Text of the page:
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1.  The Feasibility of Using CT-Guided ROI for Semiquantifying Striatal Dopamine Transporter Availability in a Hybrid SPECT/CT System 
The Scientific World Journal  2014;2014:879497.
A hybrid SPECT/CT system provides accurate coregistration of functional and morphological images. CT-guided region of interest (ROI) for semiquantifying striatal dopamine transporter (DAT) availability may be a feasible method. We therefore assessed the intra- and interobserver reproducibility of manual SPECT and CT-guided ROI methods and compared their semiquantitative data with data from MRI-guided ROIs. We enrolled twenty-eight patients who underwent Tc-99m TRODAT-1 brain SPECT/CT and brain MRI. ROIs of the striatal, caudate, putamen, and occipital cortex were manually delineated on the SPECT, CT, and MRI. ROIs from CT and MRI were transferred to the coregistered SPECT for semiquantification. The striatal, caudate, and putamen nondisplaceable binding potential (BPND) were calculated. Using CT-guided ROIs had higher intra- and interobserver concordance correlation coefficients, closer Bland-Altman biases to zero, and narrower limits of agreement than using manual SPECT ROIs. The correlation coefficients of striatal, caudate, and putamen BPND were good between manual SPECT and MRI-guided ROI methods and even better between CT-guided and MRI-guided ROI methods. Conclusively, CT-guided ROI delineation for semiquantifying striatal DAT availability in a hybrid SPECT/CT system is highly reproducible, and the semiquantitative data correlate well with data from MRI-guided ROIs.
doi:10.1155/2014/879497
PMCID: PMC4233671  PMID: 25531005
2.  Effects of Metformin on the Cerebral Metabolic Changes in Type 2 Diabetic Patients 
The Scientific World Journal  2014;2014:694326.
Metformin, a widely used antidiabetic drug, has numerous effects on human metabolism. Based on emerging cellular, animal, and epidemiological studies, we hypothesized that metformin leads to cerebral metabolic changes in diabetic patients. To explore metabolism-influenced foci of brain, we used 2-deoxy-2-[18F]fluoro-D-glucose (FDG) positron emission tomography for type 2 diabetic patients taking metformin (MET, n = 18), withdrawing from metformin (wdMET, n = 13), and not taking metformin (noMET, n = 9). Compared with the noMET group, statistical parametric mapping showed that the MET group had clusters with significantly higher metabolism in right temporal, right frontal, and left occipital lobe white matter and lower metabolism in the left parahippocampal gyrus, left fusiform gyrus, and ventromedial prefrontal cortex. In volume of interest (VOI-) based group comparisons, the normalized FDG uptake values of both hypermetabolic and hypometabolic clusters were significantly different between groups. The VOI-based correlation analysis across the MET and wdMET groups showed a significant negative correlation between normalized FDG uptake values of hypermetabolic clusters and metformin withdrawal durations and a positive but nonsignificant correlation in the turn of hypometabolic clusters. Conclusively, metformin affects cerebral metabolism in some white matter and semantic memory related sites in patients with type 2 diabetes.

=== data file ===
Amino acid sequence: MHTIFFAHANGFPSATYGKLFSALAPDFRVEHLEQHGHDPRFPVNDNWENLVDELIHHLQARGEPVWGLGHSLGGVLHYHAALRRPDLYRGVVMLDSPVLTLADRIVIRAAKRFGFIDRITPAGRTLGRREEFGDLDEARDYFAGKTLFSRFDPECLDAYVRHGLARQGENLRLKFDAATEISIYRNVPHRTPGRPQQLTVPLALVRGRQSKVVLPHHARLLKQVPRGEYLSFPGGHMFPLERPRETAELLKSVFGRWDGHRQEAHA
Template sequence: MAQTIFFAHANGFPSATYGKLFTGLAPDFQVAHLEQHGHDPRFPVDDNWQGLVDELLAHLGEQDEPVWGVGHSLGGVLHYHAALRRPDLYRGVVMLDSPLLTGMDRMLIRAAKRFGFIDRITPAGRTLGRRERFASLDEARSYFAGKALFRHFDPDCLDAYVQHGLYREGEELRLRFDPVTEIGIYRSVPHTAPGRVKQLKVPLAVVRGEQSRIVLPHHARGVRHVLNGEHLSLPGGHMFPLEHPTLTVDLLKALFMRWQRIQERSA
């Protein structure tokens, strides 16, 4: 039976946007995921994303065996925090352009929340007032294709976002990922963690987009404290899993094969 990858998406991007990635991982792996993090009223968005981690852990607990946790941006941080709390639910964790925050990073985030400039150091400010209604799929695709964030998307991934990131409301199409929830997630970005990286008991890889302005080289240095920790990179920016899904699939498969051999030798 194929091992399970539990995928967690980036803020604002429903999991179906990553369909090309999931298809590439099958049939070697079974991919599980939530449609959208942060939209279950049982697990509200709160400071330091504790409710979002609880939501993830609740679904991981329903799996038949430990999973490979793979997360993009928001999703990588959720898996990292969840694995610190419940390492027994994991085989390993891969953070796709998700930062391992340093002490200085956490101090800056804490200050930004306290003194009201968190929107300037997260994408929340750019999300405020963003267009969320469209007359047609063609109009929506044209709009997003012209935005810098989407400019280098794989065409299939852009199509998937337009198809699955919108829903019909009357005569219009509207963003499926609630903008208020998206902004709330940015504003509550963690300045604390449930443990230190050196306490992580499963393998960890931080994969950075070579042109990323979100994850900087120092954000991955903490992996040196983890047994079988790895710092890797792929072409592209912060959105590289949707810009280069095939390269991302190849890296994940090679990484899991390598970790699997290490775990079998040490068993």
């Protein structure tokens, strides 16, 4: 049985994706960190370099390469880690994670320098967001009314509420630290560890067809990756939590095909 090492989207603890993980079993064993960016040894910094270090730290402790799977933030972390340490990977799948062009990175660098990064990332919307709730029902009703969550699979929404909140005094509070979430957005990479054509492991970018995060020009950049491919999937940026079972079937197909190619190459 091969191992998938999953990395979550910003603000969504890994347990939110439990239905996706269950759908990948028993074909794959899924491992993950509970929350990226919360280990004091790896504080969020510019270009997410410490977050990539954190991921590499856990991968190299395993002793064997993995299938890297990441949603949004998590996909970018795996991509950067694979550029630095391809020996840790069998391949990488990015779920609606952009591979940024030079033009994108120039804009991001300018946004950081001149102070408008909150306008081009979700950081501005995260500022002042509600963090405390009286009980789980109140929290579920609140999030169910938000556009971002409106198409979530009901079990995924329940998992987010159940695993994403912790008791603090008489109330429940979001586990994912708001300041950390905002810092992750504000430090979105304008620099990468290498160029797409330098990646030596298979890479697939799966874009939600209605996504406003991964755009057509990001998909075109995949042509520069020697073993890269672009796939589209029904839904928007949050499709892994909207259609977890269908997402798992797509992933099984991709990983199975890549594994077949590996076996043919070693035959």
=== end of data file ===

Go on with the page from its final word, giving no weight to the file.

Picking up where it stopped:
doi:10.1155/2014/694326
PMCID: PMC3982461  PMID: 24782665
3.  Review Analysis of the Association between the Prevalence of Activated Brown Adipose Tissue and Outdoor Temperature 
The Scientific World Journal  2012;2012:793039.
Brown adipose tissue (BAT) is important for regulating body weight. Environmental temperature influences BAT activation. Activated BAT is identifiable using 18F-fluorodeoxyglucose positron emission tomography/computed tomography (18F-FDG PET/CT). 18F-FDG PET/CT scans done between June 2005 and May 2009 in our institution in tropical southern Taiwan and BAT studies from PubMed (2002–2011) were reviewed, and the average outdoor temperatures during the study periods were obtained. A simple linear regression was used to analyze the association between the prevalence of activated BAT (P) and the average outdoor temperature (T). The review analysis for 9 BAT studies (n = 16, 765) showed a significant negative correlation (r = −0.741, P = 0.022) between the prevalence of activated BAT and the average outdoor temperature. The equation of the regression line is P(%) = 6.99 − 0.20 × T  (°C). The prevalence of activated BAT decreased by 1% for each 5°C increase in average outdoor temperature. In a neutral ambient temperature, the prevalence of activated BAT is low and especially rare in the tropics. There is a significant linear negative correlation between the prevalence of activated BAT and the average outdoor temperature.
doi:10.1100/2012/793039
PMCID: PMC3349155  PMID: 22593707

Results 1-3 (3)